By Stine Jacobsen
COPENHAGEN, Feb 8 (Reuters) – Danish shipping and oil group A.P. Moller-Maersk plunged to an unexpected loss last year, hit by impairments and a weak performance in container shipping, and halved its dividend to try to protect its credit rating.
However, the world’s biggest container shipping company said on Wednesday it saw signs of improvement in an industry that has suffered for years from a glut of vessels and sluggish global trade, with freight rates rising and business picking up.
“We believe we are at an inflexion point … If you go one year back, we hit a low point in demand. We have slowly but surely seen a recovery,” Chief Financial Officer Jakob Stausholm said on a conference call.
The Maersk Line container shipping business said it expected a $1 billion improvement in underlying operating profit this year, from a loss of $384 billion in 2016, with industry demand rising 2-4 percent compared with around 2 percent last year.
Nonetheless, the group’s shares dropped as much as 7 percent to a 2-month low of 10,810 Danish crowns, as investors focused on a surprise $2.6 billion of impairments and the halving of the dividend to 150 crowns a share compared with the year before.
“Maintaining investment grade rating remains crucial for Maersk, hence we are not surprised to see capital preservation put high on the agenda,” said analysts from brokerage Fearnleys’ shipping team, who have an “accumulate” rating on the stock.
In December, Moody’s downgraded Maersk’s credit rating to Baa2 from Baa1 with a negative outlook, echoing Standard & Poor’s cut to BBB from BBB+ with a negative outlook in November – both close to the lowest investment grade levels. Below those levels, Maersk’s borrowing costs would be higher.
“We will do what it takes to remain there (in investment grade territory),” Stausholm said.
With Maersk’s energy business also suffering from a drop in oil prices in recent years, new group Chief Executive Soren Skou announced a far-reaching restructuring plan in September.
This included bulking up the group’s transport and logistics operations while seeking alliances or a separate listing for its capital intensive energy division.
The group said on Wednesday there would be further change, as it proposed Jim Hagemann Snabe, the former co-CEO of German software company SAP as its new chairman.
He will replace Michael Pram Rasmussen, who steps down at the end of March after 14 years in the job.
Snabe has recently also been proposed as chairman of German engineering group Siemens.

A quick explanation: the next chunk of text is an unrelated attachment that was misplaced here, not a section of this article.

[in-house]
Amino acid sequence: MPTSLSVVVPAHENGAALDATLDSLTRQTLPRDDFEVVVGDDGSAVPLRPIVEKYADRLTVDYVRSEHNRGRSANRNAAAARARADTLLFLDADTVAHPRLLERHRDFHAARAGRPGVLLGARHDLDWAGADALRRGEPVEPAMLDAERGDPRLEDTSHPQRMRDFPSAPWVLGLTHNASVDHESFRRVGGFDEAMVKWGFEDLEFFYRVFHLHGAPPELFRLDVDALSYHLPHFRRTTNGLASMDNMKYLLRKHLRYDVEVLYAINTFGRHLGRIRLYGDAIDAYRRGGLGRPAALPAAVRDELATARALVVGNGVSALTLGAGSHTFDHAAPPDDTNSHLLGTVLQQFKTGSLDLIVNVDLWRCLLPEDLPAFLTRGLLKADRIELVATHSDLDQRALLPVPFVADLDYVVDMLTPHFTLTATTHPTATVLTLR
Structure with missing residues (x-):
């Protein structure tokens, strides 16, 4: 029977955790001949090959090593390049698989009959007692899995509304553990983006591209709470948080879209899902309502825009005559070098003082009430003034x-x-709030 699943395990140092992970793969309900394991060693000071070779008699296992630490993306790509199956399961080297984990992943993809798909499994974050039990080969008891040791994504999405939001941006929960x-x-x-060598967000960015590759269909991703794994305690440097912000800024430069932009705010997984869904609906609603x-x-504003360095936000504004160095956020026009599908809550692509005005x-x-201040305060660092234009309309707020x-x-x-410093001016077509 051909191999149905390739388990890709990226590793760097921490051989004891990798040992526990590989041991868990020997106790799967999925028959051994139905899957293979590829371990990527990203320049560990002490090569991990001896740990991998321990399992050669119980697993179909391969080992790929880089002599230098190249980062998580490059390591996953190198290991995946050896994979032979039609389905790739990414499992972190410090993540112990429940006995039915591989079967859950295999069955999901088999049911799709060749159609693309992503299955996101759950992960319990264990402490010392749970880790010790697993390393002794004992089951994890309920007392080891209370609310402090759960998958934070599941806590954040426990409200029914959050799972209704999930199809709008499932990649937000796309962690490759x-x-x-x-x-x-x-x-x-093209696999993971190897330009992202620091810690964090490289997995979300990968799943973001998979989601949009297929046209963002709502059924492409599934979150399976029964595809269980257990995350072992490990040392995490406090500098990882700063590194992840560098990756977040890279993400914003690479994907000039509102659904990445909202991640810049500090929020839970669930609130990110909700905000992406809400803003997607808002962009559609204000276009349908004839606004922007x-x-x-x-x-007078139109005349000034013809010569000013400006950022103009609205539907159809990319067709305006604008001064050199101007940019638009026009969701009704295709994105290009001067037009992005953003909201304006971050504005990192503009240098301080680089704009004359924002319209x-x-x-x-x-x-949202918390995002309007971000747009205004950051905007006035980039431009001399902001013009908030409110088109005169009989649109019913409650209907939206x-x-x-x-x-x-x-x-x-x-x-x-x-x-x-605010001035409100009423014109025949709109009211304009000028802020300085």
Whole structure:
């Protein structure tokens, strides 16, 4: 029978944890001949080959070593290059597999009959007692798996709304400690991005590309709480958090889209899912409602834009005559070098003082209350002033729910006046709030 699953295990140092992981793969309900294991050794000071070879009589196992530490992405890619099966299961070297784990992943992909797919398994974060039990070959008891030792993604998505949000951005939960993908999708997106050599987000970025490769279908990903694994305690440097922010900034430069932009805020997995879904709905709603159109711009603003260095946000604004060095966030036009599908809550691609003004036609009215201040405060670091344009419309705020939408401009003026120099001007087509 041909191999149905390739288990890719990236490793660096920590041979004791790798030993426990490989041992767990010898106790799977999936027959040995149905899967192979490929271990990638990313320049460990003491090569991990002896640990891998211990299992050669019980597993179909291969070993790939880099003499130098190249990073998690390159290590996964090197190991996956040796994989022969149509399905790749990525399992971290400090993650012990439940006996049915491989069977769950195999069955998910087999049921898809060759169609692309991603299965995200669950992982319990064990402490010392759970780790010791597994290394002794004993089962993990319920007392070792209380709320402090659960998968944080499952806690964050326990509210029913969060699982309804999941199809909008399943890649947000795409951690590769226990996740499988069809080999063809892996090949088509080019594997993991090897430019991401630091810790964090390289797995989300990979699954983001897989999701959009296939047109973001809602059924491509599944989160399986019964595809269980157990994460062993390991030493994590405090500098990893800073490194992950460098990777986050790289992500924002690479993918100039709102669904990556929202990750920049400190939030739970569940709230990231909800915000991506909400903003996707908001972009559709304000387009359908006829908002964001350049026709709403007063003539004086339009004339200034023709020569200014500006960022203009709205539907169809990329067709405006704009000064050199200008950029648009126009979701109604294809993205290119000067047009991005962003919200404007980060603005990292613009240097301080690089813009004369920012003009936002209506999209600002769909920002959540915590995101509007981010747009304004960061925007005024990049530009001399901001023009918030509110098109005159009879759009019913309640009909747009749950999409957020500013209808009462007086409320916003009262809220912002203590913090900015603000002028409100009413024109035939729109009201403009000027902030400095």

“It is about execution now,” said Otto Friedrichsen, equity strategist at Danish asset manager Formuepleje. “With the change in the board, they have set the team to execute on the announced strategy.”
Formuepleje, with around 45 billion crowns allocated in bonds and equities, has shunned the shipping industry, including Maersk, and sees no point in returning just yet.
“The optimism is very much dependent on Maersk Line and it still looks challenging,” Friedrichsen said.
Maersk Line, with a fleet of more than 600 ships, joined a wave of dealmaking in the shipping industry last year when it agreed to buy the world’s No.7 container shipping line Hamburg Sud, its first major acquisition for more than a decade.
Final agreement is expected early in the second quarter, with regulatory approvals by the end of 2017, Maersk said.
After years of cost cutting, the group said it was in good shape to benefit from any recovery in container shipping, which largely ships consumer goods, ranging from iPhones to dresses.
“Suddenly demand exceeds supply,” Stausholm said, adding the group was starting the year in “a very strong position with strong volumes and record-low unit costs.”
The level of idled capacity remained at a record-high, despite freight rates picking up, he said.
Maersk reported a fourth-quarter net operating loss after tax of $2.7 billion, missing analysts’ average forecast for a profit of $324 million.
The result reflected an impairment of $1.5 billion at Maersk drilling and one of $1.1 billion at Maersk Supply Service.
For 2017, the group sees a higher underlying net profit than the $711 million achieved in 2016.
(Reporting by Stine Jacobsen; Editing by Jason Neely and Mark Potter)
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